the lender at a later time. Typically, the money is paid back in


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regular installments, or partial repayments; in an annuity,

each installment is the same amount. The loan is generally

provided at a cost, referred to as interest on the debt, which

provides an incentive for the lender to engage in the loan. In

a legal loan, each of these obligations and restrictions is

enforced by contract, which can also place the borrower

under additional restrictions known as loan covenants.

Although this article focuses on monetary loans, in practice

any material object might be lent.

Acting as a provider of loans is one of the principal tasks for

financial institutions. For other institutions, issuing of debt

contracts such as bonds is a typical source of funding

2.7 TYPES OF LOANS

Secured

A secured loan is a loan in which the borrower pledges some

asset (e.g. a car or property) as collateral for the loan.

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A mortgage loan is a very common type of debt instrument,

used by many individuals to purchase housing. In this

arrangement, the money is used to purchase the property.

The financial institution, however, is given security — a lien

on the title to the house — until the mortgage is paid off in

full. If the borrower defaults on the loan, the bank would

have the legal right to repossess the house and sell it, to

recover sums owing to it.

In some instances, a loan taken out to purchase a new or

used car may be secured by the car, in much the same way

as a mortgage is secured by housing. The duration of the

loan period is considerably shorter — often corresponding to

the useful life of the car. There are two types of auto loans,

direct and indirect. A direct auto loan is where a bank gives

the loan directly to a consumer. An indirect auto loan is

where a car dealership acts as an intermediary between the

bank or financial institution and the consumer.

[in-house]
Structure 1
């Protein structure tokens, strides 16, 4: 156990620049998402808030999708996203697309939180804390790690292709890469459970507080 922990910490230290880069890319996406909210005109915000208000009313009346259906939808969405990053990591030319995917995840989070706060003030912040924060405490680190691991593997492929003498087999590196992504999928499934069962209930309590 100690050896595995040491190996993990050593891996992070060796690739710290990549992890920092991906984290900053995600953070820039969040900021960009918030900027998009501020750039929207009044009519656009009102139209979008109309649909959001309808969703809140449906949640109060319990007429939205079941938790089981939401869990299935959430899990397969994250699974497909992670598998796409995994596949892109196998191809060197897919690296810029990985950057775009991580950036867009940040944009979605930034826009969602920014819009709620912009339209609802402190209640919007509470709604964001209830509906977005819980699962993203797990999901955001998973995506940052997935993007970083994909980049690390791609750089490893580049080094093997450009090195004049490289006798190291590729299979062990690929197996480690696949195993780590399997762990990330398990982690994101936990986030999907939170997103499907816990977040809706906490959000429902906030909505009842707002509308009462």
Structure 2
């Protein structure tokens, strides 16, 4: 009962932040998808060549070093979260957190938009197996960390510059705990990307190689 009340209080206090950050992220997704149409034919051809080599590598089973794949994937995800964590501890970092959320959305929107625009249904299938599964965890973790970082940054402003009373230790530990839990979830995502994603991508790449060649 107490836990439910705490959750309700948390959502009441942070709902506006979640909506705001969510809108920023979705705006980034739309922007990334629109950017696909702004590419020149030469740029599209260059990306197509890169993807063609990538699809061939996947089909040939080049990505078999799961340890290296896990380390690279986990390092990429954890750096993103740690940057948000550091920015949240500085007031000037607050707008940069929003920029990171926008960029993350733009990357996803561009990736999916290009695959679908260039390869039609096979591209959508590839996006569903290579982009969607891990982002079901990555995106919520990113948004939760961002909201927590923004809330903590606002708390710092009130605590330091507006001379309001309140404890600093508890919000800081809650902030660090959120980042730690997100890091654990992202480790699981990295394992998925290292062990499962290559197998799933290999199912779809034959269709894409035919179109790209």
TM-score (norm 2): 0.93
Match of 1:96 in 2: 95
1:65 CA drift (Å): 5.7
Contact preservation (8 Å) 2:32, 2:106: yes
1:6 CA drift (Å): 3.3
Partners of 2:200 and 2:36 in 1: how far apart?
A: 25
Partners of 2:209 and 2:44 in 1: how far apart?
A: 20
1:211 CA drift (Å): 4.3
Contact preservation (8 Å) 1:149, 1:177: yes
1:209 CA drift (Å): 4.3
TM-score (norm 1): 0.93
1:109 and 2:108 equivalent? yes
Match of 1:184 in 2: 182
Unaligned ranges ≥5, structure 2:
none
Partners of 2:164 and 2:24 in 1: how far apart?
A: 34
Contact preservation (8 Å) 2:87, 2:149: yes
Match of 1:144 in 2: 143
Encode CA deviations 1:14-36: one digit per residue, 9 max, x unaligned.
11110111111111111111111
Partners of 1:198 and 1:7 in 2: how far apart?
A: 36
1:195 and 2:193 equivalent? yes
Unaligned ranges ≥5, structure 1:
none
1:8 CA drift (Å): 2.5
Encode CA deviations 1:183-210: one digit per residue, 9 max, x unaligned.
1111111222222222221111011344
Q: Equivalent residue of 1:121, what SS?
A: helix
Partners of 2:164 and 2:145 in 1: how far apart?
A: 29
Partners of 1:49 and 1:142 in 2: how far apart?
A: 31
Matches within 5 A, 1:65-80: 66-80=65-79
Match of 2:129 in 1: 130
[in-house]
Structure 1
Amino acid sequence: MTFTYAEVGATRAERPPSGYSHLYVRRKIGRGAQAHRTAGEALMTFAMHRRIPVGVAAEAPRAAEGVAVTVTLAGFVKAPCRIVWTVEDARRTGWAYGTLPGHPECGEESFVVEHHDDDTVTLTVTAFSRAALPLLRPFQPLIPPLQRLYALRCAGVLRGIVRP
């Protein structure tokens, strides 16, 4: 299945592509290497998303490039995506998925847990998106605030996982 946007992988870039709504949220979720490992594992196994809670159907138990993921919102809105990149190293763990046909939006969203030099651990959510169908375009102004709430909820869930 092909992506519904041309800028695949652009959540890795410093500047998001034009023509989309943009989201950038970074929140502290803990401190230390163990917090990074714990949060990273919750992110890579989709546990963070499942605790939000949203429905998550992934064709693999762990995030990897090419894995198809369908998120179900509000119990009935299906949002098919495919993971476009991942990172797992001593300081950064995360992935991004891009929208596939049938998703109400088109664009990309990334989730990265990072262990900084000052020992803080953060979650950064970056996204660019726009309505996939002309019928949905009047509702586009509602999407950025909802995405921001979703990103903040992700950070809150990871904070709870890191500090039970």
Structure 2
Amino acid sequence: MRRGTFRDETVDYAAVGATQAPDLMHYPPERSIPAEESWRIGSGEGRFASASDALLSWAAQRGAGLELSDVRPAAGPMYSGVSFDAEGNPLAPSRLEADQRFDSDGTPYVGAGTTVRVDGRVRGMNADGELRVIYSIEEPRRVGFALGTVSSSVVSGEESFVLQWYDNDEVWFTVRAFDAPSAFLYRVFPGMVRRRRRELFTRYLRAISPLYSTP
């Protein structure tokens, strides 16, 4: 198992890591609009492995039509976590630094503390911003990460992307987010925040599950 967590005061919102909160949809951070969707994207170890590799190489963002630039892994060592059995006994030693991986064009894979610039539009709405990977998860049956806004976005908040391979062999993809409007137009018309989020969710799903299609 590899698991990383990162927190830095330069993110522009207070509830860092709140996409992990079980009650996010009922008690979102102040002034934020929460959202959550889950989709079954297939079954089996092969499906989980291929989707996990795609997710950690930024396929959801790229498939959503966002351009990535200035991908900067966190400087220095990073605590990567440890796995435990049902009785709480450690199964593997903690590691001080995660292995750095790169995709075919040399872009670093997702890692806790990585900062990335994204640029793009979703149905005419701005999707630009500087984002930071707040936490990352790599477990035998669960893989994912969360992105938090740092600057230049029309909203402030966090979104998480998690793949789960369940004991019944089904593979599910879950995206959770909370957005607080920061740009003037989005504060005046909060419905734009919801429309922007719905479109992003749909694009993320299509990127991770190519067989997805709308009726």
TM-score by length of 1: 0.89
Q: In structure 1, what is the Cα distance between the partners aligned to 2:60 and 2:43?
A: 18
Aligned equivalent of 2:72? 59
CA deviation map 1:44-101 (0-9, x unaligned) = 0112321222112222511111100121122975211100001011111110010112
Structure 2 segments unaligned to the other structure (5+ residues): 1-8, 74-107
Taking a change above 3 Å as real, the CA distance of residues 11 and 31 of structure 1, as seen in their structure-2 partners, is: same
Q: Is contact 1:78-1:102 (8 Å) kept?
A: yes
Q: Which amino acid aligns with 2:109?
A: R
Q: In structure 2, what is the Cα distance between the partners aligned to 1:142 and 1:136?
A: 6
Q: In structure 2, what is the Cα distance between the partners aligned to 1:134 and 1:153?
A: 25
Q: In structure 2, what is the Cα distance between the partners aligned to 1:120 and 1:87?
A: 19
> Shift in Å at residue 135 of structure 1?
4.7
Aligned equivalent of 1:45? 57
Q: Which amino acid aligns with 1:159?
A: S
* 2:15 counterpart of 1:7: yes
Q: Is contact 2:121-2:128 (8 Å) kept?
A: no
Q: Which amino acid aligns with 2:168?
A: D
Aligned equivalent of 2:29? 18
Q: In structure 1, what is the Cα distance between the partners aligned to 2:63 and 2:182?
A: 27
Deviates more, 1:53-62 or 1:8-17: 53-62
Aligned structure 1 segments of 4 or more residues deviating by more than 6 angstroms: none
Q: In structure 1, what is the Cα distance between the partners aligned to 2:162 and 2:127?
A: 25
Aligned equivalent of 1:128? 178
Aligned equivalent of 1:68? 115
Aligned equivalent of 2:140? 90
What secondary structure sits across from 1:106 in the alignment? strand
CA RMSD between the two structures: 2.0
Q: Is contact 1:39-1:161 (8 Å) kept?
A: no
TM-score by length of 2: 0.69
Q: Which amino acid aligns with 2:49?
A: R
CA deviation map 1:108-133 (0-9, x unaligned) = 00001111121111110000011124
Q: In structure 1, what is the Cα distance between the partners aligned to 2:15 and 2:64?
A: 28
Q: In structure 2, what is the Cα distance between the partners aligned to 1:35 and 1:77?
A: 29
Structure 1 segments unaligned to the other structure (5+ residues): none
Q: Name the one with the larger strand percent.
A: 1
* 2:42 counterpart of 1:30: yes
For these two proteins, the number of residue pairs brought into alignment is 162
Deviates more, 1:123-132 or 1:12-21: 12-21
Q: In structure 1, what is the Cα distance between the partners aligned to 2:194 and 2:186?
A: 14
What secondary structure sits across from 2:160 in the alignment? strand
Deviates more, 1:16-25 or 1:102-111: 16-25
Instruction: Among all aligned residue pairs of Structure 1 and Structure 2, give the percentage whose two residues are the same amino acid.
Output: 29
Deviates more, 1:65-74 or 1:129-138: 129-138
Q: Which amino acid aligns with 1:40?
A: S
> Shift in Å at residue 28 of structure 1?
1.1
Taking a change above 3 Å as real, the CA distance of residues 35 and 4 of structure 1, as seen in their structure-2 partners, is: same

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A type of loan especially used in limited partnership

agreements is the recourse note.

A stock hedge loan is a special type of securities lending

whereby the stock of a borrower is hedged by the lender

against loss, using options or other hedging strategies to

reduce lender risk.

A pre-settlement loan is a non-recourse debt, this is when a

monetary loan is given based on the merit and awardable

amount in a lawsuit case. Only certain types of lawsuit cases

are eligible for a pre-settlement loan. This is considered a

secured non-recourse debt due to the fact if the case

reaches a verdict in favor of the defendant the loan is

forgiven.

Unsecured

Unsecured loans are monetary loans that are not secured

against the borrower's assets. These may be available from

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financial institutions under many different guises or

marketing packages:

• credit card debt

• personal loans

• bank overdrafts

• credit facilities or lines of credit

• corporate bonds

The interest rates applicable to these different forms may

vary depending on the lender and the borrower. These may

or may not be regulated by law. In the United Kingdom,

when applied to individuals, these may come under the

Consumer Credit Act 1974.

Demand

Demand loans are short term loans that are typical in that

they do not have fixed dates for repayment and carry a

floating interest rate which varies according to the prime

rate. They can be "called" for repayment by the lending

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institution at any time. Demand loans may be unsecured or

secured.

2.8 LOAN PAYMENT

The most typical loan payment type is the fully amortizing

payment in which each monthly rate has the same value

overtime.

The fixed monthly payment P for a loan of L for n months

and a monthly interest rate c is:----

1.9 ABUSES IN LENDING

Predatory lending is one form of abuse in the granting of

loans. It usually involves granting a loan in order to put the

borrower in a position that one can gain advantage over him

or her. Where the moneylender is not authorized, they could

be considered a loan shark.

Usury is a different form of abuse, where the lender charges

excessive interest. In different time periods and cultures the

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acceptable interest rate has varied, from no interest at all to

unlimited interest rates. Credit card companies in some

countries have been accused by consumer organisations of

lending at usurious interest rates and making money out of

frivolous "extra charges".

Abuses can also take place in the form of the customer

abusing the lender by not repaying the loan or with an intent